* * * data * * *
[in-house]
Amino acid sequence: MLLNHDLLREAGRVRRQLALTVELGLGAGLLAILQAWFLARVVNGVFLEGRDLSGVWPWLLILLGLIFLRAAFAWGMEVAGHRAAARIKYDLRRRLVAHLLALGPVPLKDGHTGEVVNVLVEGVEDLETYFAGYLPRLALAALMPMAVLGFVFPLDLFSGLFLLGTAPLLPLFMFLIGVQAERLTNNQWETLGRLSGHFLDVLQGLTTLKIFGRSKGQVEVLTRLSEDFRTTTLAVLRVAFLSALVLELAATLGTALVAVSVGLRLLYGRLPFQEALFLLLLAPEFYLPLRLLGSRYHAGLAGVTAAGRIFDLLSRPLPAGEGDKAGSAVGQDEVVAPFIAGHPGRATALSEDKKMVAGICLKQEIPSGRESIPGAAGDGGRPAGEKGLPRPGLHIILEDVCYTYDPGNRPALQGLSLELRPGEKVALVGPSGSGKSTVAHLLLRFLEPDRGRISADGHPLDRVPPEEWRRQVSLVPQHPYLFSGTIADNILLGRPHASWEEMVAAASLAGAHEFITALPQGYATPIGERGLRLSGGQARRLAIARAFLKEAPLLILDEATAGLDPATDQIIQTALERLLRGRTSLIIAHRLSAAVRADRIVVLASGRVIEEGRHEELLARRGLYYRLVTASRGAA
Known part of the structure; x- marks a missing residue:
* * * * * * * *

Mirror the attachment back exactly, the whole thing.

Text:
[in-house]
Amino acid sequence: MLLNHDLLREAGRVRRQLALTVELGLGAGLLAILQAWFLARVVNGVFLEGRDLSGVWPWLLILLGLIFLRAAFAWGMEVAGHRAAARIKYDLRRRLVAHLLALGPVPLKDGHTGEVVNVLVEGVEDLETYFAGYLPRLALAALMPMAVLGFVFPLDLFSGLFLLGTAPLLPLFMFLIGVQAERLTNNQWETLGRLSGHFLDVLQGLTTLKIFGRSKGQVEVLTRLSEDFRTTTLAVLRVAFLSALVLELAATLGTALVAVSVGLRLLYGRLPFQEALFLLLLAPEFYLPLRLLGSRYHAGLAGVTAAGRIFDLLSRPLPAGEGDKAGSAVGQDEVVAPFIAGHPGRATALSEDKKMVAGICLKQEIPSGRESIPGAAGDGGRPAGEKGLPRPGLHIILEDVCYTYDPGNRPALQGLSLELRPGEKVALVGPSGSGKSTVAHLLLRFLEPDRGRISADGHPLDRVPPEEWRRQVSLVPQHPYLFSGTIADNILLGRPHASWEEMVAAASLAGAHEFITALPQGYATPIGERGLRLSGGQARRLAIARAFLKEAPLLILDEATAGLDPATDQIIQTALERLLRGRTSLIIAHRLSAAVRADRIVVLASGRVIEEGRHEELLARRGLYYRLVTASRGAA
Known part of the structure; x- marks a missing residue: